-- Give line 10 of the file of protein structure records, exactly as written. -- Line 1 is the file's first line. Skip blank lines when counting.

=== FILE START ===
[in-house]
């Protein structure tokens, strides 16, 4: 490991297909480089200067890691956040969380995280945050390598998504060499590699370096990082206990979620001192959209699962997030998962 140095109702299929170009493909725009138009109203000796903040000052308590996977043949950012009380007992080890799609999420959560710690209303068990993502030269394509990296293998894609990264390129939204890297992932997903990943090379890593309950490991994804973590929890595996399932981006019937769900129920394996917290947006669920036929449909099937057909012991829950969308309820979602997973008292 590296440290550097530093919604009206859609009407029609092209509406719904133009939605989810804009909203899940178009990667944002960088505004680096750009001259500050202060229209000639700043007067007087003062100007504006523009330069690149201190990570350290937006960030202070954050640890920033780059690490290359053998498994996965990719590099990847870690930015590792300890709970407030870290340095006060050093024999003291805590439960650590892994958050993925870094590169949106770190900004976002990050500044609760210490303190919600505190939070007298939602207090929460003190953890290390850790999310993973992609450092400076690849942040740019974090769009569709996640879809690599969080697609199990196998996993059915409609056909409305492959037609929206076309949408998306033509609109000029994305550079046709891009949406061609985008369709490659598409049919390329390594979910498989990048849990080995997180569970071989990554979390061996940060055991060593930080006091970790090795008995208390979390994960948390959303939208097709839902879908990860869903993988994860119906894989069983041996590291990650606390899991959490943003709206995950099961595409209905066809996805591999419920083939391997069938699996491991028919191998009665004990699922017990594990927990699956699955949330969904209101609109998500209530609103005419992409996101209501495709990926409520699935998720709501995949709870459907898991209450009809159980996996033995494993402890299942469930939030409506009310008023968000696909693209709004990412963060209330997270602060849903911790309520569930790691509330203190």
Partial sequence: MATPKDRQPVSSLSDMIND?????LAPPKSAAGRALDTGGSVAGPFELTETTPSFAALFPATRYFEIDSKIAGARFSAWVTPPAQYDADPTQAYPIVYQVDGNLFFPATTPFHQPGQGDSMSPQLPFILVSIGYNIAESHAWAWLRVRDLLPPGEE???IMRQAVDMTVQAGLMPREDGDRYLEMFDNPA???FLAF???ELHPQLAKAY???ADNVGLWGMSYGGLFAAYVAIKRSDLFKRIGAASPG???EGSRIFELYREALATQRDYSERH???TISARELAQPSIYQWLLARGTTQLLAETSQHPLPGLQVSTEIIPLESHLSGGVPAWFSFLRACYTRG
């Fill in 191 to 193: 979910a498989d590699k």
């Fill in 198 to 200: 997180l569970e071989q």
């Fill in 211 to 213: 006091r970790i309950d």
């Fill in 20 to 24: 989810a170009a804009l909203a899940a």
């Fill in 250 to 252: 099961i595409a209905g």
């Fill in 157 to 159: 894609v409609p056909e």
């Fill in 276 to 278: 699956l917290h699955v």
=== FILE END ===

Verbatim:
């Fill in 276 to 278: 699956l917290h699955v």